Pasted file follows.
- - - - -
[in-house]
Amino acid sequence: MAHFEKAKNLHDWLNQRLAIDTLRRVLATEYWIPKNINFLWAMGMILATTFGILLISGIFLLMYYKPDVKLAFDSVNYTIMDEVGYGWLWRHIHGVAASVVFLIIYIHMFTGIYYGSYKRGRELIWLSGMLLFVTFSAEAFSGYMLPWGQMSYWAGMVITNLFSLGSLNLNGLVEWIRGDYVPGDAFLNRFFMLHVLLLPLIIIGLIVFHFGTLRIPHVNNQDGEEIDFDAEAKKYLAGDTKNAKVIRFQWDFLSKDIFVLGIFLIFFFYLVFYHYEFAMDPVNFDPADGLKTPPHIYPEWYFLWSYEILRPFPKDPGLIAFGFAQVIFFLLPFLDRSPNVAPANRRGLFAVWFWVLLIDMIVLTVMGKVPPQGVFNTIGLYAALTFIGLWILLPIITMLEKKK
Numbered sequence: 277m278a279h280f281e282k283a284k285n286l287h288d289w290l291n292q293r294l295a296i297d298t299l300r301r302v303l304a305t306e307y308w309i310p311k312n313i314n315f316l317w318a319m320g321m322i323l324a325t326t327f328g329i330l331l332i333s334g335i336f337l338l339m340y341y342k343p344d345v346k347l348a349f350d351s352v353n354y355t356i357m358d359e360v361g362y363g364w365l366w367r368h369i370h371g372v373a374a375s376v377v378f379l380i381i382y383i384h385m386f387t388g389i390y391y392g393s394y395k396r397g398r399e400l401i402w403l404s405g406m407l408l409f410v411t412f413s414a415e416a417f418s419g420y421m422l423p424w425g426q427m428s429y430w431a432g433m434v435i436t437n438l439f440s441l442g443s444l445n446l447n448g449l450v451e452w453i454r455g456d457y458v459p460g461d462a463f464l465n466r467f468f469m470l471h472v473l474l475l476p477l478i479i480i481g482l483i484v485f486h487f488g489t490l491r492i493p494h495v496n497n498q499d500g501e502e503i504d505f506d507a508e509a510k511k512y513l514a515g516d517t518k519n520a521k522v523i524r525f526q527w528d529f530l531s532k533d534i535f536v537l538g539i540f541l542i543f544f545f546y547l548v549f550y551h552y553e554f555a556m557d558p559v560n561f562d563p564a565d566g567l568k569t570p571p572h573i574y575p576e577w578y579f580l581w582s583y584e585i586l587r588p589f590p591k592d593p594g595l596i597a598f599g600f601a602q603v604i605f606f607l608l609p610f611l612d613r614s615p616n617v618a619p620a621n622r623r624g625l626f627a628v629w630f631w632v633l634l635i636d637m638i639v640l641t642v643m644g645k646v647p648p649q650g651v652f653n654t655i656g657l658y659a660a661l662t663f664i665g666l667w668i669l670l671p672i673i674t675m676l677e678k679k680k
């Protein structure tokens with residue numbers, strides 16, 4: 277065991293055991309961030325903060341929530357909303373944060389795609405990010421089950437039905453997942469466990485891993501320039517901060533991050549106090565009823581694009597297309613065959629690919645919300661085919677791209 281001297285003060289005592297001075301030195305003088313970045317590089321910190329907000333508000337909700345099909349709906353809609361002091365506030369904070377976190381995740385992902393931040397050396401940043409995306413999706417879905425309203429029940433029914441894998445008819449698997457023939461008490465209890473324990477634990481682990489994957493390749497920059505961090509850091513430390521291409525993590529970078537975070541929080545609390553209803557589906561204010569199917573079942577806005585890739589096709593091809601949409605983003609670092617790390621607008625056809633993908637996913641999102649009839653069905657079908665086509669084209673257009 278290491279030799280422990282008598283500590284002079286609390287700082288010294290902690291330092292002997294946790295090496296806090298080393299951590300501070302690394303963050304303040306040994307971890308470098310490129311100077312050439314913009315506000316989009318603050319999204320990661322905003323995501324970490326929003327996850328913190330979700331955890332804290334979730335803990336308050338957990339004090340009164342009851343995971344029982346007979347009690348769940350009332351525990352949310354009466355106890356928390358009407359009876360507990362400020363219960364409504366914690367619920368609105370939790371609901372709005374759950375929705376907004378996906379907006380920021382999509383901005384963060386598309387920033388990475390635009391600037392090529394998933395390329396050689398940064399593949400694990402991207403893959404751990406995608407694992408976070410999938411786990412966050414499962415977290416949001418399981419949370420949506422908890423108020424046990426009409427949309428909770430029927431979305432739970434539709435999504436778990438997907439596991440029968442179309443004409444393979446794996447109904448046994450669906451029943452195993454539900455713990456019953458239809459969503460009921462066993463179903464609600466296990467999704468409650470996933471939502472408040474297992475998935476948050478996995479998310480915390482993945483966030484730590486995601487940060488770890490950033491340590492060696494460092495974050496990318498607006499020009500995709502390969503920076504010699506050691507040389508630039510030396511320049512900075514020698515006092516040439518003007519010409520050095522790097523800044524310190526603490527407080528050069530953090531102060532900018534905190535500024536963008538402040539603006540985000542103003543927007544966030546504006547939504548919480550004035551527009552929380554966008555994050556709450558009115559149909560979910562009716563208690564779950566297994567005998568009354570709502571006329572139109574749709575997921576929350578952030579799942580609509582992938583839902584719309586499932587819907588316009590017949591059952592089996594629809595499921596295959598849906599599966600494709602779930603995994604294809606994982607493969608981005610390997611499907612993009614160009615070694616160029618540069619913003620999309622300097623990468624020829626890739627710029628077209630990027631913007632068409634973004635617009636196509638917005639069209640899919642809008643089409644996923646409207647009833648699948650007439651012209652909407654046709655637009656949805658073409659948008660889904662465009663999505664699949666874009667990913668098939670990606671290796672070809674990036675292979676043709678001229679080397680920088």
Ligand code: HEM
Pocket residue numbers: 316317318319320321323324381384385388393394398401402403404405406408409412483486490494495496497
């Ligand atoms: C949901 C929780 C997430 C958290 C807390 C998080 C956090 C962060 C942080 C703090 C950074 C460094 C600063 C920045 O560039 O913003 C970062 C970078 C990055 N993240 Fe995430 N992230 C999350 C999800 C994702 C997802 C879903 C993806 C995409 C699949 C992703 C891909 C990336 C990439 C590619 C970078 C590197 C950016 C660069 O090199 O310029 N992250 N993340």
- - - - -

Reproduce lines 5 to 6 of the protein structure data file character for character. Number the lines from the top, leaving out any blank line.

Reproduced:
Ligand code: HEM
Pocket residue numbers: 316317318319320321323324381384385388393394398401402403404405406408409412483486490494495496497